I am writing this blog as one of the parts of a series where I am exploring open cloud-inspired approaches such as OpenStack, DevOps and open standards. The idea is to look at how these approaches can enable IT to adapt to the shift to user and customer engagement via social and mobile applications. In my earlier post, I looked at the tectonic impact that social and mobile applications, (explained by Geoffrey Moore and others as systems of engagement) are having on the IT infrastructures and organizations. Moreover, I looked at how the requirement for agility in delivering these applications is putting pressure on IT operations and developers in many of the organizations I work with.
In this post, I will talk about the top four innovations that I believe are key to IT organizations to successfully utilize IaaS to deliver application services in this new landscape and to address the opposing objectives of operations and developers. Let’s take a look:
1. Management of pets and cattle. Today, the approach that many IT departments use to run applications and systems is financially unsustainable. An analogy I like, is thinking of IT systems as pets rather than cattle. Pets are treated with care and nursed back to health if ill—an approach that is applicable for customer resource management (CRM), enterprise resource planning (ERP), database systems of record and applications where data protection, availability and stability are important. But then pets are not appropriate in systems of engagement, mobile apps and social world, where the typical application model is scale-out on commodity hardware. These apps are, or should be, designed to make IT failures survivable. This is the world of cattle. If it fails, just replace it—two very different management styles.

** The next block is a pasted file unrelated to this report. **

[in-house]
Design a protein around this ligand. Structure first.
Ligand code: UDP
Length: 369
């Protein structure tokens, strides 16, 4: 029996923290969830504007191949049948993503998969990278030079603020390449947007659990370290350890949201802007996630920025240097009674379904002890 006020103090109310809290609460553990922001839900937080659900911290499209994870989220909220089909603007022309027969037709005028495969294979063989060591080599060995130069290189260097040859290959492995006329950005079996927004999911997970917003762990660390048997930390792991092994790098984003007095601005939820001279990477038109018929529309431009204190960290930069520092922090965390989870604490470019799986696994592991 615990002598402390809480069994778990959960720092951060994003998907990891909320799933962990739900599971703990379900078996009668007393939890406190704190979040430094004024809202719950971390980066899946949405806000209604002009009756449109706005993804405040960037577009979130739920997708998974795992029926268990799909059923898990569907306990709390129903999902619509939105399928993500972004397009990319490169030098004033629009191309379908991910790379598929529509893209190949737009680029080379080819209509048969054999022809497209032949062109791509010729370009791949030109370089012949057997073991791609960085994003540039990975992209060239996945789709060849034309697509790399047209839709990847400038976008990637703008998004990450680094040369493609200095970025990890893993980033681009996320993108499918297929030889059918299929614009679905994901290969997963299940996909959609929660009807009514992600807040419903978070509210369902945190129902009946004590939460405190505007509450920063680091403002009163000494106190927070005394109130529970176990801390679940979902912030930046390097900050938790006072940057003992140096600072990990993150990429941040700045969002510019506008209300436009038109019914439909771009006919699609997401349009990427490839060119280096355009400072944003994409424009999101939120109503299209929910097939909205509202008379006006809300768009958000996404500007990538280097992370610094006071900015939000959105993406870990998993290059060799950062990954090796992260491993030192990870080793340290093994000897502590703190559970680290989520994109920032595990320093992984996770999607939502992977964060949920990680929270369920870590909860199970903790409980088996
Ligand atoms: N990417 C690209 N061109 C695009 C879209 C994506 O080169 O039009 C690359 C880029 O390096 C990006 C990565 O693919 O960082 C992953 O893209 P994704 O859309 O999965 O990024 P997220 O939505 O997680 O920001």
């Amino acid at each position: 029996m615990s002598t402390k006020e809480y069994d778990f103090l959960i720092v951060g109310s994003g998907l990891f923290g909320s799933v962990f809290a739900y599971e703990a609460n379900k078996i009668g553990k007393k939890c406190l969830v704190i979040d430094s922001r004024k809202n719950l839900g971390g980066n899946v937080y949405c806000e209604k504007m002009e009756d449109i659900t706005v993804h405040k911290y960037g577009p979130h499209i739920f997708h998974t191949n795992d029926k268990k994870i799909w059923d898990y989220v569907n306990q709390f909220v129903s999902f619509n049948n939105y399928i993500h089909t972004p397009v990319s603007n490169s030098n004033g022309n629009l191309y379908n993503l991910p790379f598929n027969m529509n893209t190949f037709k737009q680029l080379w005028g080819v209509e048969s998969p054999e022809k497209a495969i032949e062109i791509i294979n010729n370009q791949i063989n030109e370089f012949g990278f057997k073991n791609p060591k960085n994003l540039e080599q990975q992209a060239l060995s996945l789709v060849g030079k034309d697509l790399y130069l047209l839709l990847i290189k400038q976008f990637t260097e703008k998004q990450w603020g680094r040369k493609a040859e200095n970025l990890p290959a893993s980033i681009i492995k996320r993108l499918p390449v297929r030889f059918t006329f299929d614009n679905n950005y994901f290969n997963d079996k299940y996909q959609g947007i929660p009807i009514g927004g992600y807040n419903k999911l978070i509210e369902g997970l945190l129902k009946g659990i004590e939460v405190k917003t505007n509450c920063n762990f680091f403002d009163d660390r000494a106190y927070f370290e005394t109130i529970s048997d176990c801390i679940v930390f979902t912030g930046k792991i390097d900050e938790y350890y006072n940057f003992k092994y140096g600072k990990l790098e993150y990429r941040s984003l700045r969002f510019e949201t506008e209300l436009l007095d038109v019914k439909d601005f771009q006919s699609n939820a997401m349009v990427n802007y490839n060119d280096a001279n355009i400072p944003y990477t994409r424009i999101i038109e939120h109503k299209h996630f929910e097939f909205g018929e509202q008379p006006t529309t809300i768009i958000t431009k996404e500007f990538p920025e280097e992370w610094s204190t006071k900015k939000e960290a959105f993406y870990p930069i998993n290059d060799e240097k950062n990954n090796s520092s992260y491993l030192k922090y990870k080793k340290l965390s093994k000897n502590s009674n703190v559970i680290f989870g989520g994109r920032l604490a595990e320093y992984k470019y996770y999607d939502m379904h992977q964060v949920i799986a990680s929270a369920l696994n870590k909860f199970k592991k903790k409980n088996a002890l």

IBM’s approach to addressing the requirement for IT to manage both systems of record and systems of engagement is to grow OpenStack support from its beginning in commodity scale-out environments to address both pets and cattle. In this regard, IBM Cloud Manager with OpenStack offers IT with a single, common infrastructure, management framework and IaaS application programming interfaces (APIs), which delivers:
Enterprise standards of performance and reliability for long-running systems of record workloads on IBM mainframes, IBM Power Systems and x86
- Scale-out management of commodity hardware on x86 and OpenPower for systems of engagement workloads
2. Software definitions. These are built on applications and infrastructure through Software Defined Environments (SDE), also referred to as the Software Defined Data Center (SDDC). Since traditional IT delivery relies on manual processes, it’s not able to deliver the agility required by businesses deploying mobile apps and social. It is one of the key reasons I see development organizations buying self-service public cloud with credit cards. In my view, one of the key benefits of IaaS cloud is the programmatic control of infrastructure through automation and APIs. Developer self-service on public cloud delivers enhanced agility, but loses much of the potential value. The ability to automate provisioning of compute, networking and storage through programmatic APIs provides greater benefit. In this respect, IBM is building its Software Defined Environments on the OpenStack framework and APIs to enable full automation of environment delivery for both on premises and off premises clouds. I will cover this in more detail in my upcoming post.